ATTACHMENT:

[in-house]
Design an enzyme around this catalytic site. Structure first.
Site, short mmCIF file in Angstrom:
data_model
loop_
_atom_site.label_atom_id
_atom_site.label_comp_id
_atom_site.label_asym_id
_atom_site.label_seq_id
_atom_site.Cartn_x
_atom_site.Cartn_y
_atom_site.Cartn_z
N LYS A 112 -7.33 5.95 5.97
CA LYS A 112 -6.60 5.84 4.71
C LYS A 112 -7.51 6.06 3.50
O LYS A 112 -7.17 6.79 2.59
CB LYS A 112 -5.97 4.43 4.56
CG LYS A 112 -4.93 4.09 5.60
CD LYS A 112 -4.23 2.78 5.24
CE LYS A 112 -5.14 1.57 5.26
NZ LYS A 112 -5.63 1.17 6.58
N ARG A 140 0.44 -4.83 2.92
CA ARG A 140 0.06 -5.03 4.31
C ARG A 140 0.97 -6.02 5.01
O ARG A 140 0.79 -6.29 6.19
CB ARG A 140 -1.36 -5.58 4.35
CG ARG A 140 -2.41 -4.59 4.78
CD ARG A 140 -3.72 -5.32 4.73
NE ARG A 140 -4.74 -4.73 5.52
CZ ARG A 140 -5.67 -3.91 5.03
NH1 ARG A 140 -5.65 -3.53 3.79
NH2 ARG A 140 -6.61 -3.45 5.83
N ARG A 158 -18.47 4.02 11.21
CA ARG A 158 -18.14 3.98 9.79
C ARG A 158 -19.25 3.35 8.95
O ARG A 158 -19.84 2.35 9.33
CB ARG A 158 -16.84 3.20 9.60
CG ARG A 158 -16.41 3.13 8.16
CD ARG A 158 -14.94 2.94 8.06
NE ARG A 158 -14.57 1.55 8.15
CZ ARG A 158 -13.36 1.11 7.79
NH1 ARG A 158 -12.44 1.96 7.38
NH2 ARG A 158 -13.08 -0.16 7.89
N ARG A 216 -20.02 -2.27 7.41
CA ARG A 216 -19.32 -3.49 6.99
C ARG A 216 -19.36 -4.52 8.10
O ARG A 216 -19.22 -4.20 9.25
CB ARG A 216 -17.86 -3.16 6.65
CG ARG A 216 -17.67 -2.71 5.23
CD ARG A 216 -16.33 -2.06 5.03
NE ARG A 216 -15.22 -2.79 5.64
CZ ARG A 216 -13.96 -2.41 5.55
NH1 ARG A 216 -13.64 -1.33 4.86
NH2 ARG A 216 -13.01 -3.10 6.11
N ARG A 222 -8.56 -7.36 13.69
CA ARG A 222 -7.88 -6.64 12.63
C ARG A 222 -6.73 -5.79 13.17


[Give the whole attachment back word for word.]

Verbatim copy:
[in-house]
Design an enzyme around this catalytic site. Structure first.
Site, short mmCIF file in Angstrom:
data_model
loop_
_atom_site.label_atom_id
_atom_site.label_comp_id
_atom_site.label_asym_id
_atom_site.label_seq_id
_atom_site.Cartn_x
_atom_site.Cartn_y
_atom_site.Cartn_z
N LYS A 112 -7.33 5.95 5.97
CA LYS A 112 -6.60 5.84 4.71
C LYS A 112 -7.51 6.06 3.50
O LYS A 112 -7.17 6.79 2.59
CB LYS A 112 -5.97 4.43 4.56
CG LYS A 112 -4.93 4.09 5.60
CD LYS A 112 -4.23 2.78 5.24
CE LYS A 112 -5.14 1.57 5.26
NZ LYS A 112 -5.63 1.17 6.58
N ARG A 140 0.44 -4.83 2.92
CA ARG A 140 0.06 -5.03 4.31
C ARG A 140 0.97 -6.02 5.01
O ARG A 140 0.79 -6.29 6.19
CB ARG A 140 -1.36 -5.58 4.35
CG ARG A 140 -2.41 -4.59 4.78
CD ARG A 140 -3.72 -5.32 4.73
NE ARG A 140 -4.74 -4.73 5.52
CZ ARG A 140 -5.67 -3.91 5.03
NH1 ARG A 140 -5.65 -3.53 3.79
NH2 ARG A 140 -6.61 -3.45 5.83
N ARG A 158 -18.47 4.02 11.21
CA ARG A 158 -18.14 3.98 9.79
C ARG A 158 -19.25 3.35 8.95
O ARG A 158 -19.84 2.35 9.33
CB ARG A 158 -16.84 3.20 9.60
CG ARG A 158 -16.41 3.13 8.16
CD ARG A 158 -14.94 2.94 8.06
NE ARG A 158 -14.57 1.55 8.15
CZ ARG A 158 -13.36 1.11 7.79
NH1 ARG A 158 -12.44 1.96 7.38
NH2 ARG A 158 -13.08 -0.16 7.89
N ARG A 216 -20.02 -2.27 7.41
CA ARG A 216 -19.32 -3.49 6.99
C ARG A 216 -19.36 -4.52 8.10
O ARG A 216 -19.22 -4.20 9.25
CB ARG A 216 -17.86 -3.16 6.65
CG ARG A 216 -17.67 -2.71 5.23
CD ARG A 216 -16.33 -2.06 5.03
NE ARG A 216 -15.22 -2.79 5.64
CZ ARG A 216 -13.96 -2.41 5.55
NH1 ARG A 216 -13.64 -1.33 4.86
NH2 ARG A 216 -13.01 -3.10 6.11
N ARG A 222 -8.56 -7.36 13.69
CA ARG A 222 -7.88 -6.64 12.63
C ARG A 222 -6.73 -5.79 13.17